Putting the 'means' before the 'end'

By Matthew Nelson, Executive Director, Strategy, Omgeo
By Soapbox

By Matthew Nelson, Executive Director, Strategy, Omgeo

It is no secret that there is a global shift towards shorter settlement cycles to reduce risk across markets. Recently, the European Commission (EC) brought shorter settlement cycles to the forefront by proposing that securities must settle no later than the second business day after a trade takes place – or what is commonly referred to as T+2 – by 2015. The proposed regulation would install a consistent clearing and settlement method across all 27 markets in the EU. And Europe is not alone. Asia has already accelerated their settlement cycles to T+2 in many countries, including Hong Kong, India and Taiwan.

In the US, which currently operates on T+3, the Depository Trust & Clearing Corporation (DTCC), in partnership with the Securities Industry and Financial Markets Association (SIFMA), has commissioned the Boston Consulting Group to study the costs and benefits of shortening US trade settlement cycles in response to Europes pending move.

This is not the first time the U.S. has looked at shortening the settlement cycle. It first started investigating the change back in 1999, but plans were shelved after the industrys focus shifted from settlement timeframes to other areas of risk post-September 11. In hindsight, the fact that the U.S. put these efforts on hold may not be a bad thing. Since then, the U.S. has implemented significant technology upgrades across the industry, including straight-through processing capabilities. These fundamental changes to the U.S. system will pave the way for an easier shift to shortened settlement cycles.

Automation and increased efficiency in the middle and back office are proven ways to decrease risk and improve a markets efficiency. Regulation has often been an important driver of this efficiency. However, not all markets achieve this efficiency in the same way. Some markets choose to focus on the end goal, such as Europe, where the focus is on achieving T+2 settlement.

Canada, for example, has taken a different approach. Back in 2007, the Canadian Securities Administrators (CSA) put forth regulatory rule NI 24-101 which currently requires 90% of institutional trades to be matched by noon one day after the trade is executed. The regulation prompted Canadian institutions to focus on their post-trade operations, and, according to a recent survey of Canadian investment management firms performed by Stratix Consulting, the industry has benefited from gains in efficiency. Of those surveyed, only 20% reported that they had not achieved the 90% trade matching requirement, but all expected to be fully compliant by year- end. The industry has made significant strides in achieving straight through processing as this is a major improvement over 2010 when only 53% of survey respondents met the 90% requirement.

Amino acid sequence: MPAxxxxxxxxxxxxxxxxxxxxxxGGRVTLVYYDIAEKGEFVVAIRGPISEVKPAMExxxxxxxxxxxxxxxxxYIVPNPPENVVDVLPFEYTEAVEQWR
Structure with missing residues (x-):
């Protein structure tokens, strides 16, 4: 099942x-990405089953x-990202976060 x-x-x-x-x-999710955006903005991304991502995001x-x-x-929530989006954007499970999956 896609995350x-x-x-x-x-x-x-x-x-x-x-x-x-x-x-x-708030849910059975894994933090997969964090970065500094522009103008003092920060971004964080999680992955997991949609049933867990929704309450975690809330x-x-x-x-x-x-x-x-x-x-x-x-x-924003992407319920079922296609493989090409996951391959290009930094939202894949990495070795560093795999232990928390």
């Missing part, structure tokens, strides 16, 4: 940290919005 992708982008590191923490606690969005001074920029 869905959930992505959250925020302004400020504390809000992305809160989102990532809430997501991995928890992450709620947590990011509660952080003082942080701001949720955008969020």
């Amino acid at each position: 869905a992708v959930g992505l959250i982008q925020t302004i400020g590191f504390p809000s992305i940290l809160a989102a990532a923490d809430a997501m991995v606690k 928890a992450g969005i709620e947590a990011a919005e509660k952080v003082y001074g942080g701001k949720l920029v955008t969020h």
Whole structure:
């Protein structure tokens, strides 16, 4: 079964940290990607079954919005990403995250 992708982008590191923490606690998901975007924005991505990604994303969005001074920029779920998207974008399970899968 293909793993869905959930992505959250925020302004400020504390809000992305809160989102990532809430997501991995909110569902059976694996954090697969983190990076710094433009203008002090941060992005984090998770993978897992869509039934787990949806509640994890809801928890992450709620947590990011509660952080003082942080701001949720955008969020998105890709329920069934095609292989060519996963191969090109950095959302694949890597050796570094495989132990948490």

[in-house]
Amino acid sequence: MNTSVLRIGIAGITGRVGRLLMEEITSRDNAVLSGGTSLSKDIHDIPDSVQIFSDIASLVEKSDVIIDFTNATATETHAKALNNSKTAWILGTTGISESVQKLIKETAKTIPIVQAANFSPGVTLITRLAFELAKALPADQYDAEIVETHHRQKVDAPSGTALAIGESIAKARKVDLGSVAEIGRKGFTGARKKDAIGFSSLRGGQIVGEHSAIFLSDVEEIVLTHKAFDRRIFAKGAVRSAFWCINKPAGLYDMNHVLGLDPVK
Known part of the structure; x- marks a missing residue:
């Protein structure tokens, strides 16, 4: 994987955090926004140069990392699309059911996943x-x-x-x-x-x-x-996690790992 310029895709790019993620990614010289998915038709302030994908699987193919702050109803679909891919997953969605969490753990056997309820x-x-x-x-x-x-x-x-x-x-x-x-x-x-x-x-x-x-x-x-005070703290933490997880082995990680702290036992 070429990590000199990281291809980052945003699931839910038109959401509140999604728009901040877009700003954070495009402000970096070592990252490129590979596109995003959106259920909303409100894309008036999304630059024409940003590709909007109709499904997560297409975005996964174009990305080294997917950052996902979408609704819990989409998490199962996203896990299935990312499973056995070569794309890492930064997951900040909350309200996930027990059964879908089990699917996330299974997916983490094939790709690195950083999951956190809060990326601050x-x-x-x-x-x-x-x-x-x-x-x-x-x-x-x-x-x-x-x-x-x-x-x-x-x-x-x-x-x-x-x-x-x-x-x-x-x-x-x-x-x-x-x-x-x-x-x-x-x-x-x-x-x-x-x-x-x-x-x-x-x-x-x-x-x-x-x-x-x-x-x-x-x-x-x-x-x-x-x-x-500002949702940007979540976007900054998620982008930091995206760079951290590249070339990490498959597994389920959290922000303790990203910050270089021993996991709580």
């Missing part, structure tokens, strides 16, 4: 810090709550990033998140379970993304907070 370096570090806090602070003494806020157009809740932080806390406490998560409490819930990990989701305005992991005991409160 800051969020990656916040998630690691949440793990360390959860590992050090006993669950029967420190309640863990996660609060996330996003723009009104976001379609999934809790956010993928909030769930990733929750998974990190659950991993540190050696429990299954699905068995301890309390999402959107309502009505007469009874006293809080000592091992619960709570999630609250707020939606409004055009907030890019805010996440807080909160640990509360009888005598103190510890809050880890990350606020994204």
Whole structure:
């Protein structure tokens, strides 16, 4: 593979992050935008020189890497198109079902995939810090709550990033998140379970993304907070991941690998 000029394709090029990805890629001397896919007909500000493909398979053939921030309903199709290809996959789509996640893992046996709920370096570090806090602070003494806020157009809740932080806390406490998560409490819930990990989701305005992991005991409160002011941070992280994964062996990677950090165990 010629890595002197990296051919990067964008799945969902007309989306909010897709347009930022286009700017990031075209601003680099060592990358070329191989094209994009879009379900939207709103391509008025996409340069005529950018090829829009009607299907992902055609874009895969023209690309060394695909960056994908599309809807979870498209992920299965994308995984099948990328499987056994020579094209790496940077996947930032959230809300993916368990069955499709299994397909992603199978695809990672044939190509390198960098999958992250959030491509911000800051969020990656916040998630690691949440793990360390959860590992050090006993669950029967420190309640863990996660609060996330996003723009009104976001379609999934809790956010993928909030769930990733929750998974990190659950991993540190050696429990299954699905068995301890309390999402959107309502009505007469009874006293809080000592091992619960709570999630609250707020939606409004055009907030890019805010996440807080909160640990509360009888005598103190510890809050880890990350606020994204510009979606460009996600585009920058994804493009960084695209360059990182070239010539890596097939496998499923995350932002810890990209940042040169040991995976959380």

Domestically, the Canadian market is increasingly automated, with 93% of investment managers using electronic trade matching solutions for equity trades and 80% for fixed income trades. For cross-border transactions, 80% are using trade matching for equities and 74% for fixed income.

As a result of its investment in its back office systems over the past five years, survey respondents said they are confident that if trade settlement in North America and Europe is moved to T+2, their systems and processes could accommodate the change. Since Canadian market participants have already made it a priority to achieve same day affirmation (SDA) – and SDA is closely tied to settlement efficiency – they are well poised to keep up. The affirmation/confirmation process is also known as the matching process. It is, therefore, not surprising that the EC proposed regulation also cites same-day trade confirmation (often referred to as SDA) as a best practice.

Without a high rate of adoption of functions such as electronic funds transfer or automated central matching, a move to reduce the settlement cycle could be challenging for many firms and may actually introduce more risk to the market – at least in the near-term. The key is to ensure the highest possible adoption of automated middle and back office processing within operations, including streamlining the confirmation and affirmation and process and moving towards central matching.

Firms globally must not just be focused on shortening settlement but improving their processes in the middle and back office to ensure they have the means in place to achieve the end objective. Bringing efficiency to the entire trade lifecycle is key to decreasing risk.